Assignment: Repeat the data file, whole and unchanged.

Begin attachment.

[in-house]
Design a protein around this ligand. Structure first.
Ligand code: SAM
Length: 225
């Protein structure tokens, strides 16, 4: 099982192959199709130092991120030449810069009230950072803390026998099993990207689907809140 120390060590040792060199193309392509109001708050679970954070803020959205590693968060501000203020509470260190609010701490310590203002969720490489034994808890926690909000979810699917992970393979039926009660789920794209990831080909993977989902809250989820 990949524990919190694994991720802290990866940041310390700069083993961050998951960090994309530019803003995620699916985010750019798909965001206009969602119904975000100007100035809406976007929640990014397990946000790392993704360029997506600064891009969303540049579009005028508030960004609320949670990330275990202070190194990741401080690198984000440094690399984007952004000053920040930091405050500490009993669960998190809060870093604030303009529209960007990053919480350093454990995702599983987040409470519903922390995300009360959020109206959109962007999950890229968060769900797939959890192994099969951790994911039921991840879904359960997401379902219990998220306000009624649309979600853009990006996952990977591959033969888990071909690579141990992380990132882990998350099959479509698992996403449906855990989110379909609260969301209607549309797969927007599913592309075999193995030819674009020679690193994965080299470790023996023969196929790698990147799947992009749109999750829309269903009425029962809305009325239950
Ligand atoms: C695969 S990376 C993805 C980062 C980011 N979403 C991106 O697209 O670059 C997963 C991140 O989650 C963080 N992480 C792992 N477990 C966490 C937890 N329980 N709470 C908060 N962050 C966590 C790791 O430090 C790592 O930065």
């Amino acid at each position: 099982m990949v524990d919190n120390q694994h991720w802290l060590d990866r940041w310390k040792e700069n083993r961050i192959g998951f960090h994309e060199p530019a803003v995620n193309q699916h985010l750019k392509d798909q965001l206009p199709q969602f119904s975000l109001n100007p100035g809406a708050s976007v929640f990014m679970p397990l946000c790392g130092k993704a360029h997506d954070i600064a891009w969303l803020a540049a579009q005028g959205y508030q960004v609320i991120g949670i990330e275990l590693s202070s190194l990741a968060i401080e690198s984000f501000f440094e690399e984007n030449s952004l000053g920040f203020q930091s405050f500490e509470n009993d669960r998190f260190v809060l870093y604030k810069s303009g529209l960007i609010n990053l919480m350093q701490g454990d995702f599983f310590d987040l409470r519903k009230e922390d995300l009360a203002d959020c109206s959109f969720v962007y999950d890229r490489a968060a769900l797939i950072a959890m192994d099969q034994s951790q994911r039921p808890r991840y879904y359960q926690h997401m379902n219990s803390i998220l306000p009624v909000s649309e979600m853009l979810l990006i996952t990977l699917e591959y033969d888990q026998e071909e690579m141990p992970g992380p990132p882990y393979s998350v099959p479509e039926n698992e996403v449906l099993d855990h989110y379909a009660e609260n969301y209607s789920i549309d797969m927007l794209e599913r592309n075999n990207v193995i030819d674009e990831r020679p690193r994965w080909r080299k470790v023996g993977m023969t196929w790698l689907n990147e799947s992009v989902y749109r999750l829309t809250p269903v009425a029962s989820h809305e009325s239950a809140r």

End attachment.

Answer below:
[in-house]
Design a protein around this ligand. Structure first.
Ligand code: SAM
Length: 225
């Protein structure tokens, strides 16, 4: 099982192959199709130092991120030449810069009230950072803390026998099993990207689907809140 120390060590040792060199193309392509109001708050679970954070803020959205590693968060501000203020509470260190609010701490310590203002969720490489034994808890926690909000979810699917992970393979039926009660789920794209990831080909993977989902809250989820 990949524990919190694994991720802290990866940041310390700069083993961050998951960090994309530019803003995620699916985010750019798909965001206009969602119904975000100007100035809406976007929640990014397990946000790392993704360029997506600064891009969303540049579009005028508030960004609320949670990330275990202070190194990741401080690198984000440094690399984007952004000053920040930091405050500490009993669960998190809060870093604030303009529209960007990053919480350093454990995702599983987040409470519903922390995300009360959020109206959109962007999950890229968060769900797939959890192994099969951790994911039921991840879904359960997401379902219990998220306000009624649309979600853009990006996952990977591959033969888990071909690579141990992380990132882990998350099959479509698992996403449906855990989110379909609260969301209607549309797969927007599913592309075999193995030819674009020679690193994965080299470790023996023969196929790698990147799947992009749109999750829309269903009425029962809305009325239950
Ligand atoms: C695969 S990376 C993805 C980062 C980011 N979403 C991106 O697209 O670059 C997963 C991140 O989650 C963080 N992480 C792992 N477990 C966490 C937890 N329980 N709470 C908060 N962050 C966590 C790791 O430090 C790592 O930065």
């Amino acid at each position: 099982m990949v524990d919190n120390q694994h991720w802290l060590d990866r940041w310390k040792e700069n083993r961050i192959g998951f960090h994309e060199p530019a803003v995620n193309q699916h985010l750019k392509d798909q965001l206009p199709q969602f119904s975000l109001n100007p100035g809406a708050s976007v929640f990014m679970p397990l946000c790392g130092k993704a360029h997506d954070i600064a891009w969303l803020a540049a579009q005028g959205y508030q960004v609320i991120g949670i990330e275990l590693s202070s190194l990741a968060i401080e690198s984000f501000f440094e690399e984007n030449s952004l000053g920040f203020q930091s405050f500490e509470n009993d669960r998190f260190v809060l870093y604030k810069s303009g529209l960007i609010n990053l919480m350093q701490g454990d995702f599983f310590d987040l409470r519903k009230e922390d995300l009360a203002d959020c109206s959109f969720v962007y999950d890229r490489a968060a769900l797939i950072a959890m192994d099969q034994s951790q994911r039921p808890r991840y879904y359960q926690h997401m379902n219990s803390i998220l306000p009624v909000s649309e979600m853009l979810l990006i996952t990977l699917e591959y033969d888990q026998e071909e690579m141990p992970g992380p990132p882990y393979s998350v099959p479509e039926n698992e996403v449906l099993d855990h989110y379909a009660e609260n969301y209607s789920i549309d797969m927007l794209e599913r592309n075999n990207v193995i030819d674009e990831r020679p690193r994965w080909r080299k470790v023996g993977m023969t196929w790698l689907n990147e799947s992009v989902y749109r999750l829309t809250p269903v009425a029962s989820h809305e009325s239950a809140r």